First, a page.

Construction is under way on the Prairiefire Museum and a 300-unit apartment project, the Residences at Prairiefire.
The team that put together development financing for the $427 million Prairiefire mixed-use project in Overland Park has been recognized with a national award for bond financing.
The award was presented during the Council of Development Finance Agencies' National Summit earlier this month in Washington, D.C. Presented as construction of Prairiefire's first retail stores was wrapping up, the CDFA award was accepted by Fred Merrill Jr. and Richard Napper of the Merrill Cos., which is developing the project; Overland Park Deputy City Manager Kristy Stallings; and Jim Lahay, a senior vice president of Stifel Nicolaus & Co. Inc.
"As America's Great Recession took hold in 2007, commercial and retail development projects nationwide halted or fell off the drawing board completely," the CDFA said in a release. "Despite risks and the financial environment, Stifel and Merrill Cos. LLC, with city approval for bonds, pushed forward to devise and implement a first-of-its-kind financing arrangement."
Anchored by the $28 million Prairiefire Museum, the nation's first location for hosting traveling exhibitions of New York's American Museum of Natural History, Prariefire qualified for $81 million in sales tax revenue - or STAR - bond financing from the state. Applications for STAR Bonds, which are repaid with sales tax revenue generated by tourism-related projects, must come through a local jurisdiction and obtain approval from the Kansas commerce secretary.
Prairiefire is being developed along the south side of 135th Street between Nall and Lamar avenues. Fred Merrill Jr., president of Merrill Cos., put the 60-acre site under contract in December 2006, with the idea that its development should include a significant civic attraction.
During master planning for the project the next year, Merrill learned from one of his designers that the American Museum of Natural History was considering expansion via a satellite location. Merrill, who reached a 2008 agreement for Prairiefire to be that location, originally planned to finance the attraction solely through private donations. But he said sources with Overland Park and Stifel Nicolaus quickly pointed out that a museum-anchored mixed-use development was just the type of project that Kansas STAR bond legislation was designed to support.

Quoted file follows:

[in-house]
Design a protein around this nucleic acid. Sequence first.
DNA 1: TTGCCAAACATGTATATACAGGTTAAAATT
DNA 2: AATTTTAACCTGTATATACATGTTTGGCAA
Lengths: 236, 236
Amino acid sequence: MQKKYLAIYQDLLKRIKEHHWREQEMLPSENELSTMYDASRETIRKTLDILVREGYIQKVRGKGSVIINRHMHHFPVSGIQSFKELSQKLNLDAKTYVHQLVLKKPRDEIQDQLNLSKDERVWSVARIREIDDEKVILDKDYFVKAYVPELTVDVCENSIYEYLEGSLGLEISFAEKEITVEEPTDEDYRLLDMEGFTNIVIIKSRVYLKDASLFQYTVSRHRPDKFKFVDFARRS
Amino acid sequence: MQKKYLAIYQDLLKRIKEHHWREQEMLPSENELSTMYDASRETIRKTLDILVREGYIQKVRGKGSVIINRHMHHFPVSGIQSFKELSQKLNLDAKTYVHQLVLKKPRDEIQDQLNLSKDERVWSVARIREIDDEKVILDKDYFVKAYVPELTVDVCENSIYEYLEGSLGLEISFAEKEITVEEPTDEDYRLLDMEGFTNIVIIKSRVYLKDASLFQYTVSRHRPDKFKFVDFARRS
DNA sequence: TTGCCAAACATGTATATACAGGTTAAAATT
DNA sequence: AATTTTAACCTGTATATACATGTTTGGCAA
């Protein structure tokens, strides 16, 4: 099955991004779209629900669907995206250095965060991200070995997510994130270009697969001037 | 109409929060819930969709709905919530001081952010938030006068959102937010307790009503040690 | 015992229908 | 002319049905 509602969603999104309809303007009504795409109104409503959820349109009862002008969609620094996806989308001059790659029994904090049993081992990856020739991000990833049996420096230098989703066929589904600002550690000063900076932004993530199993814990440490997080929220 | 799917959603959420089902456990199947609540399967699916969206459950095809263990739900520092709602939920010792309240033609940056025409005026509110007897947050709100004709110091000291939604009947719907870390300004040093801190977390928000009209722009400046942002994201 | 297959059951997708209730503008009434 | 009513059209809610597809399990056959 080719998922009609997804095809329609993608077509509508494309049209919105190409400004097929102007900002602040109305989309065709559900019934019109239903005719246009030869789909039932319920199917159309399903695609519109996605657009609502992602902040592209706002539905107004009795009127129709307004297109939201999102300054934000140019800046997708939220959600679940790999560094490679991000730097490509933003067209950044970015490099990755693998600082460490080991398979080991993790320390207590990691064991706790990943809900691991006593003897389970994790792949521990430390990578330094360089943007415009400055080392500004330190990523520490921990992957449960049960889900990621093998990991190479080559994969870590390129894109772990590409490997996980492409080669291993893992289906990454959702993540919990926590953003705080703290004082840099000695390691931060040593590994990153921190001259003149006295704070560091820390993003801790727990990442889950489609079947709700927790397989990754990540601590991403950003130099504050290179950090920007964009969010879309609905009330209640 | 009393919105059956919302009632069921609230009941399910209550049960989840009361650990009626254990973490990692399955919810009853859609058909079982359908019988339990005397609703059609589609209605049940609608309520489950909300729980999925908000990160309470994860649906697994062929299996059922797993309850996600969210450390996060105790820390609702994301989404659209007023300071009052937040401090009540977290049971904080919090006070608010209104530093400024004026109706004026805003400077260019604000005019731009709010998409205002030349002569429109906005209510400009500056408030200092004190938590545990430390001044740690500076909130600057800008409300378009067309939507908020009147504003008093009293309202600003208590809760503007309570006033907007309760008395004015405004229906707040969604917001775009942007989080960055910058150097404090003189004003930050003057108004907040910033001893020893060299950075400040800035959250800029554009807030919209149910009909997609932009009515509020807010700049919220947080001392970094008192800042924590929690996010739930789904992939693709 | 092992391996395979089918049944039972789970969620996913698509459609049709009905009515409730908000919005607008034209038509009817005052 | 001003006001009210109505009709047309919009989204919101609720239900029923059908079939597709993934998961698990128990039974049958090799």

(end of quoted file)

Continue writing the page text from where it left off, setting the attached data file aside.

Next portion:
In 2009, the commerce secretary approved $66.1 million in STAR bond authority for Prairiefire, and in June 2011 the secretary approved an increase in authorization to $81 million.
In addition, the Overland Park City Council last year approved community improvement district financing, which will generate $30 million over 20 years from a 1.5 percent sales tax surcharge to be paid for by Prairiefire shoppers. The city also agreed to issue CID bonds, which will be repaid with the CID tax revenue while generating upfront financing for development. The net CID bond proceeds will total $23.4 million.
Remaining financing for the project will include about $322 million in private debt and equity. Two development partnerships Merrill formed to develop the two commercial phases of the project will cover about $250 million of that total through debt, equity and museum donations. The remaining $72 million will come from private equity and debt provided by two developers who have purchased residential tracts in the development.
Jim Lambie of Lambie Custom Homes of Overland Park has purchased lots for 18 villas on the south side of 137th Street that will back up to the Lionsgate golf course. Jim Thomas of Hearthview Residential in Indianapolis has acquired sites for the 300-unit Residences at Prairiefire apartment project now under construction on the east side of Prairiefire and the 128-unit Cityscape apartment project planned for the west side.
Prairiefire's first retail phase, which is 95 percent committed, will include 209,000 square feet of stores.
On Sept. 4, The Fresh Market at 6261 W. 135th St. will become the first to open. In addition, a new REI outdoor clothing and gear store will open in late September and the first American Museum of Natural History traveling exhibit will open on Oct. 8.
The museum exhibit, "The World's Largest Dinosaurs," will be housed in temporary space - a 9,000-square-foot retail building near the corner of 135th Street and Lamar Avenue.
The Prairiefire Museum is scheduled to be completed in time for the April 15 opening of the next traveling exhibit, "Water."
Merrill said it was exciting to see Prairiefire finally coming together after being scaled back from an original development cost of $580 million and delayed by recession.
The project never would have happened, he said, if it hadn't been for the "monumental, creative financing structure" that the Prairiefire team was honored for this month.
He said the team included bond lawyers, city lawyers, development lawyers and bank lawyers who spent six months negotiating financing details.
"There were 20 people around that table and more participating through conference call," Merrill said. "This project was only accomplished because so many people wanted it to happen, and this (CDFA) award was a great way to thank all of them."